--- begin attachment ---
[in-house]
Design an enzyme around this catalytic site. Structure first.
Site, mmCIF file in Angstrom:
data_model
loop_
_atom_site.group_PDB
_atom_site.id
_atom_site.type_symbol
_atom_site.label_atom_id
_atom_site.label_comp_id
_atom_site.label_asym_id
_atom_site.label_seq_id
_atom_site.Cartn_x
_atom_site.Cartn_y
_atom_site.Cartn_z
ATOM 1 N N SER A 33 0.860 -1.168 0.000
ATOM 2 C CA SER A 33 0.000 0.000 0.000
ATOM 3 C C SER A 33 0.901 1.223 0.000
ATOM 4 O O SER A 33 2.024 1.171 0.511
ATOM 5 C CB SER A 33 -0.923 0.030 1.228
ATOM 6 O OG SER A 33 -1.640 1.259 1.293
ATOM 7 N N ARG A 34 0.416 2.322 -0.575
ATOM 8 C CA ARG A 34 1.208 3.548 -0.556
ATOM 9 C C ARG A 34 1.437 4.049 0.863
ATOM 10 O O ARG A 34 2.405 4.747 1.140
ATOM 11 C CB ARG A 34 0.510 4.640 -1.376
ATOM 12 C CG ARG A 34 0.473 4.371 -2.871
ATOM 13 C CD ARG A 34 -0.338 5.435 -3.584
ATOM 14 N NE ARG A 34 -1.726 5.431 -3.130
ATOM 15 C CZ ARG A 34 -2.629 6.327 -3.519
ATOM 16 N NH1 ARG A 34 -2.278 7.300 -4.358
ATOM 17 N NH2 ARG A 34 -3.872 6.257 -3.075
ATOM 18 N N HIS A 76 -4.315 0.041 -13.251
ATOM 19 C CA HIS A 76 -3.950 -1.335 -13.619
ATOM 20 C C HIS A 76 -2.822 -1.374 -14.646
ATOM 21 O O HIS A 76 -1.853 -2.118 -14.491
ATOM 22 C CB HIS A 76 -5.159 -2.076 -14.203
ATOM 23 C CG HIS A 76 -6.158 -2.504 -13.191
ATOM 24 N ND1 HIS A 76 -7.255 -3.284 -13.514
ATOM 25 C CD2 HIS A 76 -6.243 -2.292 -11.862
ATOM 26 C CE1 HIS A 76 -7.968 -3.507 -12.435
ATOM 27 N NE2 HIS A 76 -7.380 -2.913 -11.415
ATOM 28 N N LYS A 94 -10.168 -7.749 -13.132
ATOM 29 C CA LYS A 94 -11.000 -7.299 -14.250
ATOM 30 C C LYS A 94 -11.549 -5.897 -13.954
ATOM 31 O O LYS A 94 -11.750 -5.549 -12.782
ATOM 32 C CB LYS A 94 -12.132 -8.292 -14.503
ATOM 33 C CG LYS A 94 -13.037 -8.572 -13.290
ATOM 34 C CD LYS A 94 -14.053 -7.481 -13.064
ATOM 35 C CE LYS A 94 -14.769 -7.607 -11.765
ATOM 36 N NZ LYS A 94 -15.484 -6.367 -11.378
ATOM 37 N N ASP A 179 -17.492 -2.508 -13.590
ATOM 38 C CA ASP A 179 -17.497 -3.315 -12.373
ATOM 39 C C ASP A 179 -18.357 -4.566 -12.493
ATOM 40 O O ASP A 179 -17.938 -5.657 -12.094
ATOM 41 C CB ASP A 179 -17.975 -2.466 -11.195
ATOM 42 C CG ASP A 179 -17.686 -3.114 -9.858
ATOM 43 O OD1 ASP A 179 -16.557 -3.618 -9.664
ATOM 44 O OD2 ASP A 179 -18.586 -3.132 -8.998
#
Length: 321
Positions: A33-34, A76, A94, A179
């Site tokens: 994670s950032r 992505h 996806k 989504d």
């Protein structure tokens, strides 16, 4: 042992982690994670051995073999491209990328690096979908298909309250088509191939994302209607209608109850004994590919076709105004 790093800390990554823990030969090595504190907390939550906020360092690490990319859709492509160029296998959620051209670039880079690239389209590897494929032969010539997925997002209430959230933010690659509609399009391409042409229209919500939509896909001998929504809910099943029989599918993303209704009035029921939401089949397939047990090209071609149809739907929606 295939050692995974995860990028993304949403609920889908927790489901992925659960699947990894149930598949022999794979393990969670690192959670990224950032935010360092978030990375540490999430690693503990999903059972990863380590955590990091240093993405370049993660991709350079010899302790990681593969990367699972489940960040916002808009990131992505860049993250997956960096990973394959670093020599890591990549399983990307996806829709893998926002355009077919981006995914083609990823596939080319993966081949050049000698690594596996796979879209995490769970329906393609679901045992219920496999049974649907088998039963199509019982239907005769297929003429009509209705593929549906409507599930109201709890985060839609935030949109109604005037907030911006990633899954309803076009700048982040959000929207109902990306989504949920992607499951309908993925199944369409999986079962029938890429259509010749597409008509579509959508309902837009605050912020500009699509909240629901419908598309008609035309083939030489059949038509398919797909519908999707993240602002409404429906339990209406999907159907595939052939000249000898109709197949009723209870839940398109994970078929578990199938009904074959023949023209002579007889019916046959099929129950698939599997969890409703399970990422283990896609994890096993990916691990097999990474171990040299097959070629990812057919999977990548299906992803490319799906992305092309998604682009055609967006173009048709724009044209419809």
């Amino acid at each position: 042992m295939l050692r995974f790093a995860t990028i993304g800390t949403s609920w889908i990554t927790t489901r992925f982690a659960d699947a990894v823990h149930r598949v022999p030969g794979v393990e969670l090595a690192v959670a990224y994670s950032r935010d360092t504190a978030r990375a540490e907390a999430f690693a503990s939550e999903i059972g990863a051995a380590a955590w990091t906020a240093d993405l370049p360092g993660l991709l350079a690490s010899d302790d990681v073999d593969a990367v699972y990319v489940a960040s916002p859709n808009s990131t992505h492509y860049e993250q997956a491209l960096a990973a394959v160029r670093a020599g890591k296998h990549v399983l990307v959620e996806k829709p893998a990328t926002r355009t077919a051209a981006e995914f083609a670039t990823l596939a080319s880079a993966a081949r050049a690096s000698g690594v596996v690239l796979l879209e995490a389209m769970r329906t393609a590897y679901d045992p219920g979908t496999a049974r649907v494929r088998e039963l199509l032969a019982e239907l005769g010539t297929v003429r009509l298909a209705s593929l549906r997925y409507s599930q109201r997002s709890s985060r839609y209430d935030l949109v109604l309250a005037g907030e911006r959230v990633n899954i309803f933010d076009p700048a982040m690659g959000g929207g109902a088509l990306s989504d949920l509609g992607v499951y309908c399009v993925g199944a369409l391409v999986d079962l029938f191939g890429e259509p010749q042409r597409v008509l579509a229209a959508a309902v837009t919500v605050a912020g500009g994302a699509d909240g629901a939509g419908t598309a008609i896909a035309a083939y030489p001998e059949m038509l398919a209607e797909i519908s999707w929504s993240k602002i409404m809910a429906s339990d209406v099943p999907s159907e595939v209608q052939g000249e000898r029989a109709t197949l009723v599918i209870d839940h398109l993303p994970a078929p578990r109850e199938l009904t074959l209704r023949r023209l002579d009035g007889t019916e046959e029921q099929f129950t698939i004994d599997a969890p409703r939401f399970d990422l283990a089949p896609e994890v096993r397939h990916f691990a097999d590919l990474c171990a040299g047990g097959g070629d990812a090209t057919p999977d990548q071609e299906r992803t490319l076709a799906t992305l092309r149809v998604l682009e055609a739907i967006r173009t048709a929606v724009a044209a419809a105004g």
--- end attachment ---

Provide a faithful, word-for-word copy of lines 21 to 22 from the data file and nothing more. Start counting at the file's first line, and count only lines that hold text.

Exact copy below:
ATOM 6 O OG SER A 33 -1.640 1.259 1.293
ATOM 7 N N ARG A 34 0.416 2.322 -0.575